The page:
Like

      1. For sure, as Kid Rock said, you have to get in the pit and try to love someone. But I think the mission of Christ and the mission of the Church are two distinct deeply interwined things. That’s why I always winced at the WWJD concept. Well, Jesus would encourage people to identify him as the Messiah and eventually die on a cross. I am definitely sure we shouldn’t do the first part, and hoping we won’t end up doing the second. Jesus was here to preach and die for our sins, establishing the process outlined in the Book of Romans and enacting substitutional atonement. He was here “to seek and save”. We are here to obey. That sounds a little like the Borg, but I just get nervous sometimes. Your church is obviously doing a lot of awesome stuff and your ministry seems very interesting. As a Presbyterian, I think we hold onto the doctrine of election/grace like it will scare people away. That is ironic on many levels, but the precision of words is important. I simply believe that there could be an easy misinterpretation of the idea that the Church is here to seek and save. People can’t save people. And in Field of Dreams, he had to build the field. I am about to go to dinner, but I will catch you later. It is also good to talk to a brother in Christ.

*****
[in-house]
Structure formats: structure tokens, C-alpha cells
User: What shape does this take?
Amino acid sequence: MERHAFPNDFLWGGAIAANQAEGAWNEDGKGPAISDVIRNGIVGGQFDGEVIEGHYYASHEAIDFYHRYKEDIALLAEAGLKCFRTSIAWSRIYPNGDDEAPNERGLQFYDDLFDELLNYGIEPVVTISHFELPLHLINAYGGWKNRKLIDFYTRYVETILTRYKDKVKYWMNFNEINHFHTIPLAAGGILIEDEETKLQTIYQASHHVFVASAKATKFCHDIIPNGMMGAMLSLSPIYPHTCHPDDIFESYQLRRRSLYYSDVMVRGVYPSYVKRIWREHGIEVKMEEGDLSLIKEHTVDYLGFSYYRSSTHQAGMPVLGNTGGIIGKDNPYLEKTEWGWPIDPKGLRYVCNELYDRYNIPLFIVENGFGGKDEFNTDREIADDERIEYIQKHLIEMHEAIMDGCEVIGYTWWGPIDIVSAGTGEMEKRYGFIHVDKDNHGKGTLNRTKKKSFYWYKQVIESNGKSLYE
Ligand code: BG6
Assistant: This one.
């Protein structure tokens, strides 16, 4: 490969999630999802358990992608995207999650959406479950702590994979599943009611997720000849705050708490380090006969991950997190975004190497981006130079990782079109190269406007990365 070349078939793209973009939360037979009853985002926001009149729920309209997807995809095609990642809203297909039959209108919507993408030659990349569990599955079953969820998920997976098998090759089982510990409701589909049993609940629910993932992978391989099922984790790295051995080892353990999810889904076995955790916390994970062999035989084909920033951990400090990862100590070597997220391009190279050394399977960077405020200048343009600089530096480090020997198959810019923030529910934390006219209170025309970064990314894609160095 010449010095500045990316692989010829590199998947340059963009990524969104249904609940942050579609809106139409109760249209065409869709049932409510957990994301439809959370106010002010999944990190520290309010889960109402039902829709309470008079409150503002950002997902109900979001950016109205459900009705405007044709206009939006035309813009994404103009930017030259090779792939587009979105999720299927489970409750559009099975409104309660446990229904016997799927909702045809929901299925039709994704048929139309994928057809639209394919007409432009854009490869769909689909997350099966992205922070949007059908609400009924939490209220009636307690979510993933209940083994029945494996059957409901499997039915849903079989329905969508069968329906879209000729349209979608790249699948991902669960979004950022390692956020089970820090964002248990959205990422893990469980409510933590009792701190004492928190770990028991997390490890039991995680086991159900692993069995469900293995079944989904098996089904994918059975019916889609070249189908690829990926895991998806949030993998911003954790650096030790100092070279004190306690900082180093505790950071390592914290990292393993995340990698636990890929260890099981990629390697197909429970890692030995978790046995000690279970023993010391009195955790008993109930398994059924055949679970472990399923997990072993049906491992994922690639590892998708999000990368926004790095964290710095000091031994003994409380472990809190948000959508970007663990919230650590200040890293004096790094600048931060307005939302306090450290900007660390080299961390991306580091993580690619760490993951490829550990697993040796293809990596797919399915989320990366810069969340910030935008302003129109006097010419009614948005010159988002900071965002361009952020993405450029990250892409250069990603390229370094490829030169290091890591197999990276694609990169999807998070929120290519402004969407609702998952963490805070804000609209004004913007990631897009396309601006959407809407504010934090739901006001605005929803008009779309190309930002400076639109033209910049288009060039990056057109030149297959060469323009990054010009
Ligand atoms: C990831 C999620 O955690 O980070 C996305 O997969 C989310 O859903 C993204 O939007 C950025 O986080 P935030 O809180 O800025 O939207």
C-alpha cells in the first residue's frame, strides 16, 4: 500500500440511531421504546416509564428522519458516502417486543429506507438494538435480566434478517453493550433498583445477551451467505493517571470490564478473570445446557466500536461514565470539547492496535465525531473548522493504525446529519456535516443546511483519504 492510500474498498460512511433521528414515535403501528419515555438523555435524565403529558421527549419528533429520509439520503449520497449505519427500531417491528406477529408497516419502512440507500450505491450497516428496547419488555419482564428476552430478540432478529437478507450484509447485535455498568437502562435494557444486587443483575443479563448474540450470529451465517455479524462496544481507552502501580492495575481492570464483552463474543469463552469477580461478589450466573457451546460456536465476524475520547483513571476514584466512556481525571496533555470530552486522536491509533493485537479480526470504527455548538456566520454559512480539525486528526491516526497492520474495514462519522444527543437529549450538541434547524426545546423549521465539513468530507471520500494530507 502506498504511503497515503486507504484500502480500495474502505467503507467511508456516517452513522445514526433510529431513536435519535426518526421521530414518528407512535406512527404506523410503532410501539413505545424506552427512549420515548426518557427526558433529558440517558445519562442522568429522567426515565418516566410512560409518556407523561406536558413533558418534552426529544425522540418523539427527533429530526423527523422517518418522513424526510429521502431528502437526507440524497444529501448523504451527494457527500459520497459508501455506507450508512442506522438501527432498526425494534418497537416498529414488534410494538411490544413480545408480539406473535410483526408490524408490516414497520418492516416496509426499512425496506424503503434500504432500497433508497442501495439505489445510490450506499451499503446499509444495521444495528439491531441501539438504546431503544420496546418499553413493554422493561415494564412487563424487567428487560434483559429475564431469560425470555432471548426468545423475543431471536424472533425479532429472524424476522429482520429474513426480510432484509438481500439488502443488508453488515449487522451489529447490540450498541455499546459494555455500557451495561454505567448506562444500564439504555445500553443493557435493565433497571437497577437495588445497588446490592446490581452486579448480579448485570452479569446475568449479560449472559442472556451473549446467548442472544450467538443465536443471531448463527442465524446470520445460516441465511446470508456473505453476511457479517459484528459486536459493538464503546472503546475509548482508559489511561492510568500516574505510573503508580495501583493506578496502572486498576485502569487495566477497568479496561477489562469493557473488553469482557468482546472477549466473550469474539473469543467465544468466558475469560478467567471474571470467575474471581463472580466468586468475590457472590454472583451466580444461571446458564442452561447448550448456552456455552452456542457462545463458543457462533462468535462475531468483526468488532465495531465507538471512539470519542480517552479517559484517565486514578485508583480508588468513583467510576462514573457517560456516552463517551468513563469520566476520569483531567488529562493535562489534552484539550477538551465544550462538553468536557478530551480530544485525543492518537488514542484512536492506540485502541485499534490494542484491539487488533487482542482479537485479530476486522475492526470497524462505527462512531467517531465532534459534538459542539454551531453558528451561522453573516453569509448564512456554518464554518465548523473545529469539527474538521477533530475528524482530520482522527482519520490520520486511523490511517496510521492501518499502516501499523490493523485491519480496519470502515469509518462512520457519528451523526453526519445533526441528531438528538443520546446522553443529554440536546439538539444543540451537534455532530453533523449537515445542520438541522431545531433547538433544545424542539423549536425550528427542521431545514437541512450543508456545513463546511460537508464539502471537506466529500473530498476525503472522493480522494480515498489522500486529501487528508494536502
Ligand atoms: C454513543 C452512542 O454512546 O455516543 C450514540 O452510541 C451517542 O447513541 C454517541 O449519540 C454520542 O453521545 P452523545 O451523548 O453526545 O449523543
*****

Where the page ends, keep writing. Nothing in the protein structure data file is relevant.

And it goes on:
Like

  2. Have a great dinner! And yes, I’m just grateful their are brother’s like you who appreciate distinctions. You are right, it is too easy to think we can do anything, and when we do, we get it into our head that we can do everything! Blessings.

    Like

Leave a Reply

Fill in your details below or click an icon to log in:

WordPress.com Logo

You are commenting using your WordPress.com account. Log Out / Change )

Twitter picture

You are commenting using your Twitter account. Log Out / Change )

Facebook photo

You are commenting using your Facebook account. Log Out / Change )

Google+ photo

You are commenting using your Google+ account. Log Out / Change )

Connecting to %s